Thursday, July 21, 2011

Life Changes

Many, many years ago, when I was twenty-four, my third child

entered the World and made our family complete. She was an

exceptionally good baby, which was a great thing for me, because her brother was twelve months old and her sister was just going on thirty-six months. Life was very different then. Husbands worked and mommies stayed home and took care of the home front. It was a wonderful, magical time....a time before color TV, cell phones, X-Boxes, microwaves or a myriad of other mechanical wonders. I didn't even have a dishwasher in our first home, but I did have children! Wonderful, healthy babies that reeked of Johnson's Baby Powder, who cuddled into our laps and filled our hearts and lives forever. We did have times with Little League Football, piano lessons, horn lessons and gymnastic lessons, but our world was never held hostage by the demands of soccer, play dates, Lacrosse, dance, child beauty contests, organized baseball or any of the activities that young parents are filling the lives of their families with, after both mom and dad have worked a forty hour week. Our children filled their own time with the things they discovered along the way. Luckily, my children were raised in a time when you didn't lock your doors all day and their baseball games were played in a field that was mowed by the kids themselves. Neighborhood guys came over and called out "Staaccceeeyyyy" and she would head out for a street game of pickup football. So, this is the life of our youngest in the 60's and 70's and the family as we knew it.



She grew up without getting arrested, tattooed or living with anyone other than our family. She graduated from nursing school, married our son's best friend and embarked on a family of her own. Unfortunately for all of us, I had taken a drug called diethylstilbesterol during my pregnancy with Stacey. Girls born to moms who took this drug are called DES Daughters and are subject to vaginal cancer and multiple miscarriages. Stacey and her wonderful husband have suffered through five miscarriages, two children with unbelievable handicaps (one died at birth and one died at nine and a half) and they are the proud parents of a son, who graduated from Nyack College in New York in movie and video production.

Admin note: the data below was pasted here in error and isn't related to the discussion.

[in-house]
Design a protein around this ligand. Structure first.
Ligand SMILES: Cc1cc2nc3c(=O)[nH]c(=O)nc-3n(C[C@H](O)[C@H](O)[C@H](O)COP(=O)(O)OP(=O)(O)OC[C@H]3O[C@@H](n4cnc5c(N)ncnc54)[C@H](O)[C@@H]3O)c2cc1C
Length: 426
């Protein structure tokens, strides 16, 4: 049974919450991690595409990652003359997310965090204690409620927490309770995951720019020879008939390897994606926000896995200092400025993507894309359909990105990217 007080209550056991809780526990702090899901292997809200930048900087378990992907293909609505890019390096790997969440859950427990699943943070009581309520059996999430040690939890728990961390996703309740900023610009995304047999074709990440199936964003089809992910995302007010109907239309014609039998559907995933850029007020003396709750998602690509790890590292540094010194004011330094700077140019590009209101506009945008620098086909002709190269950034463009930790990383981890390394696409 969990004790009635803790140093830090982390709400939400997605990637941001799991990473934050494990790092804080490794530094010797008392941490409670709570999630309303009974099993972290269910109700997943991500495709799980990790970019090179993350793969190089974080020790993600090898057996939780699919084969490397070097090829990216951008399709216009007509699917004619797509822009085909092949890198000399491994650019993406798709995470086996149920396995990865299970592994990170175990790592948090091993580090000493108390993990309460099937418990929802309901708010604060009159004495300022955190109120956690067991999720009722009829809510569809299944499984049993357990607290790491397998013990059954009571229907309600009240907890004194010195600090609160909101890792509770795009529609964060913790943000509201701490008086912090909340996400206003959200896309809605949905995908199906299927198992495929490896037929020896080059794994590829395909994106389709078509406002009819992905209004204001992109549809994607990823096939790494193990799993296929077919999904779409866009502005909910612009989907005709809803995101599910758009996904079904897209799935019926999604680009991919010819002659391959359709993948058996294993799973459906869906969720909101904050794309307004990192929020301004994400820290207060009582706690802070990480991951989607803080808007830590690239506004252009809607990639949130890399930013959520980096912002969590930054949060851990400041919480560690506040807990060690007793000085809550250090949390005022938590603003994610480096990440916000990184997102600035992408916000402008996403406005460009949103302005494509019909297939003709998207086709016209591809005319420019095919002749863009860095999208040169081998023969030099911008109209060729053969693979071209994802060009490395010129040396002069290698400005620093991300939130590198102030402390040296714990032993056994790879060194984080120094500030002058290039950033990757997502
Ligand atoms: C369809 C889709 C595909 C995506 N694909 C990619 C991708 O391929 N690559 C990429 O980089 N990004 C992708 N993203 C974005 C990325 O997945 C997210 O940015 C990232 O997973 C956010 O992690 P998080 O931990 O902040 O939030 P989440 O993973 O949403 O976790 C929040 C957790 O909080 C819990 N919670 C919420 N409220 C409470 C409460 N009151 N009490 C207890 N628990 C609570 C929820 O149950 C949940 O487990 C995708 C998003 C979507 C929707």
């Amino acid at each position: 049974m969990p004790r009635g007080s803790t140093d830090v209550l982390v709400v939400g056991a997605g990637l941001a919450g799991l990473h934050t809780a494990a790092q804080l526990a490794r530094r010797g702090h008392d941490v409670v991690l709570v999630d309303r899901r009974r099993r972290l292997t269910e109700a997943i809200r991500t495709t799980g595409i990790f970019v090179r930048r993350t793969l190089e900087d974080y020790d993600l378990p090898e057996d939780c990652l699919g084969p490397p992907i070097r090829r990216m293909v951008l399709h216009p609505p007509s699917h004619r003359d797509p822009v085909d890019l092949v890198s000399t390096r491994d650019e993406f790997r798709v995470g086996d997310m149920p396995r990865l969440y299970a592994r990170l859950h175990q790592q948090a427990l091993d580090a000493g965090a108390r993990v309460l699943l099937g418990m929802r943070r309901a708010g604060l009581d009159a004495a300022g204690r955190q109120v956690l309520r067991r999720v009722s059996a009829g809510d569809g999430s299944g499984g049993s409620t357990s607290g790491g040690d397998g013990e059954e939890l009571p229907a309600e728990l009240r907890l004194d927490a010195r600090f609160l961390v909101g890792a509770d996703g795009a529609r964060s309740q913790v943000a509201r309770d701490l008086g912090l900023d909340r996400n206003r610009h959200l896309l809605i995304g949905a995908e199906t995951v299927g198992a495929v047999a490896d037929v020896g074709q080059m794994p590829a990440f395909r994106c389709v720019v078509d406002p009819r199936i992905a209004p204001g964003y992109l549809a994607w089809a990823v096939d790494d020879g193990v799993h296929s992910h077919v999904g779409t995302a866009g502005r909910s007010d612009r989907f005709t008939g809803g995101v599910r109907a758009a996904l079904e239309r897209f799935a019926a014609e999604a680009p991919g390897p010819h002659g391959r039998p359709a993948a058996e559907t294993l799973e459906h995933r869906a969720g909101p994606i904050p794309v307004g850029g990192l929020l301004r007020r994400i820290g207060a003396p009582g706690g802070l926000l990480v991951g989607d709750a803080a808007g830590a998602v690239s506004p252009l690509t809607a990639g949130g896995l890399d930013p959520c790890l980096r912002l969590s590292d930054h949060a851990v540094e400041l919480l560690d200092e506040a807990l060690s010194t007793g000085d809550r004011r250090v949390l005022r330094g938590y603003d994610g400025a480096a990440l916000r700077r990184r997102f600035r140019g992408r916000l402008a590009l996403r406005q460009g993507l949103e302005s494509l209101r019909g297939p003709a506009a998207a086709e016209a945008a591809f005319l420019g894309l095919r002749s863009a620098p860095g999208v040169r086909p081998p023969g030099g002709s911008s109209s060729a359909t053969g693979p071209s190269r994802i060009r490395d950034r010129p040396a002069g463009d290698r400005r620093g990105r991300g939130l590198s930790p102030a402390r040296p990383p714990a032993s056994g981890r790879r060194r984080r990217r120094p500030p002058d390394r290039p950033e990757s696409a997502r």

They have worked with the teenagers at our church for the last fifteen to twenty years, while she was working part-time as a nurse and her hubby was with the Highway Patrol. Now, we come to the life changes. They sold their four bedroom home last year (in a really depressed realty market) and bought a much smaller condo. Her husband retired from the Patrol and she finished working at the gastro clinic last week. They leave for Kardern, Germany next Thursday to be dorm parents at The Black Forest Academy for the next two years. This is a school for children of missionaries and will fulfill her need for children to love. I am torn between being very proud of them and wondering whether or not I will ever see them again. God promised threescore and ten years, but I blew past that a while ago, so if this is the biggest life change for me.....Stacey, you have been holding a big piece of my heart for fifty-one years.....handle with care. I love you.

5 comments:

"Lois Grebowski" said...

Big huge hugs, Kacey...

Empress Bee (of the high sea) said...

well THERE you are honey, sure have missed you!

smiles, bee
xoxoxoxoox

Sandy said...

Nice to see you writing again Kacey..very thoughtful post!
It's so hard to let go, even though our children are adults now, and I don't think it gets easier.
Glad you're back, I notice so many bloggers on my page are gone.
hugs to you..

Granny Annie said...

Thanks to you, I love them too and will be praying for their health and safety. Wonderful story of a wonderful daughter.

It is so good to see you here again!

Molly said...

Sounds like you have a lovely, well brought up daughter there Kasey! Good for them, making such a huge change and committing to such worthwhile work [living in the Black Forest should compensate for a lot!]
The world is smaller now---maybe you could go for a visit?